My daughter started to cry as the billowing waves crashed around her. As I ran and scooped her up, I discovered she had cut her foot on a piece of coral. As her wet cheek nestled into my neck, her salty tears ran down my arm and back into the ocean. I stood completely still, as the sandy earth moved beneath me, fish danced around my toes, and sunlight played with surf cast shadows. We were not just in the ocean, we were of the ocean:
- Human blood is 92% water.
- The brain and muscles are 75% water.
- Human bones are 22% water.
- Water is a major component of most of our body parts.
- Water covers more than 70% of our Earth’s surface.
- Humans can’t live without water.
Many of us have experienced the symbolism of water in religious ceremonies like baptisms or blessings. Water is symbolic of many civilizations in many ways. It is referred to as a source of reflection, renewal, fertility, purification, and transformation just to name a few.
As the waves rocked us back and forth, I understood water in a new way. I realized that I can’t catch a wave in my hand, but if I float on my back the ocean will support me. I pondered the ease in which water transforms from a solid to a liquid to a vapor. I thought of the sheer power water has to flood, wash away, and also breathe life into … I reflected on the fact that isolated water stagnates but the water that flows purifies itself.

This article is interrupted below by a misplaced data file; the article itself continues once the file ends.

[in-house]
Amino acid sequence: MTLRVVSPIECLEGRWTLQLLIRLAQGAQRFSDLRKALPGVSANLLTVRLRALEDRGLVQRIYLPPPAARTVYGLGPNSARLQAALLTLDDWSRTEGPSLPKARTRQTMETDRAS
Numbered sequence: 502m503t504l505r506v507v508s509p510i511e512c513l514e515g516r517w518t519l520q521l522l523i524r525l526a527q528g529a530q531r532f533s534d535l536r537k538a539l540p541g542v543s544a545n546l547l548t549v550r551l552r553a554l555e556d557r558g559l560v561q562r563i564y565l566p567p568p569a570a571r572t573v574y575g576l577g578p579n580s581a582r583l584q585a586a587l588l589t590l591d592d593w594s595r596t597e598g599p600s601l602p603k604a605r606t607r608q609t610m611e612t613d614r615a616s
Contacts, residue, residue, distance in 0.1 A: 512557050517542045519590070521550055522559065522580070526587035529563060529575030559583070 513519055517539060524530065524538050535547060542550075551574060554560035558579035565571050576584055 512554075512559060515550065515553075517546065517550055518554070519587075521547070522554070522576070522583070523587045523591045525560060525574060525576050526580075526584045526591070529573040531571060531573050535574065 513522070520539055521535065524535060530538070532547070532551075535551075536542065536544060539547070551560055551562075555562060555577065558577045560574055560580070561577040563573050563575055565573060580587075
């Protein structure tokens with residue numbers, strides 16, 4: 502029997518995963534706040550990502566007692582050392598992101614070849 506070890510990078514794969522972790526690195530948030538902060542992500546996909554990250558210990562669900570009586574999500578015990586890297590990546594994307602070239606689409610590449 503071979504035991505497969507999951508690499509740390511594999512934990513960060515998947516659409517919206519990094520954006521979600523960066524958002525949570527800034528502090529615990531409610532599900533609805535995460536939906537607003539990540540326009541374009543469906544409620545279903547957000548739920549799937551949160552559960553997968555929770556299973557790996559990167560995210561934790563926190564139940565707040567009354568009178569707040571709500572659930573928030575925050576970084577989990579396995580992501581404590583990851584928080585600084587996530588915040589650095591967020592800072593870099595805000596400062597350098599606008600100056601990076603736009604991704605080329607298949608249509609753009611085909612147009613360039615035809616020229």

Mostly, I contemplated the simple complexities of water. It seems like a pearl of wisdom many Hawaiians embody. We see locals cradling newborn babies ducking the waves. We watch as people pull over and stop their commute for sunrise and sunset. We watch Hawaiians fish, spear, trap, and dine as the ocean provides sustenance. Locals tell us tales of the underworld that we get glimpses of through our snorkel masks.
There are rhythm and solitude that the wild shows only those who take the plunge. We watch locals play in the water with kiteboards, surfboards, bodyboards, or no boards. The water is a source of joy and a playground for all ages. Those who are not in the water, are watching the water. We have witnessed a reverence and respect between Hawaiians and their ocean that can only come from a deep familiarity and knowledge.
You didn’t come into the world. You came out of it, like a wave from the ocean. You are a not a stranger here. – Alan Watts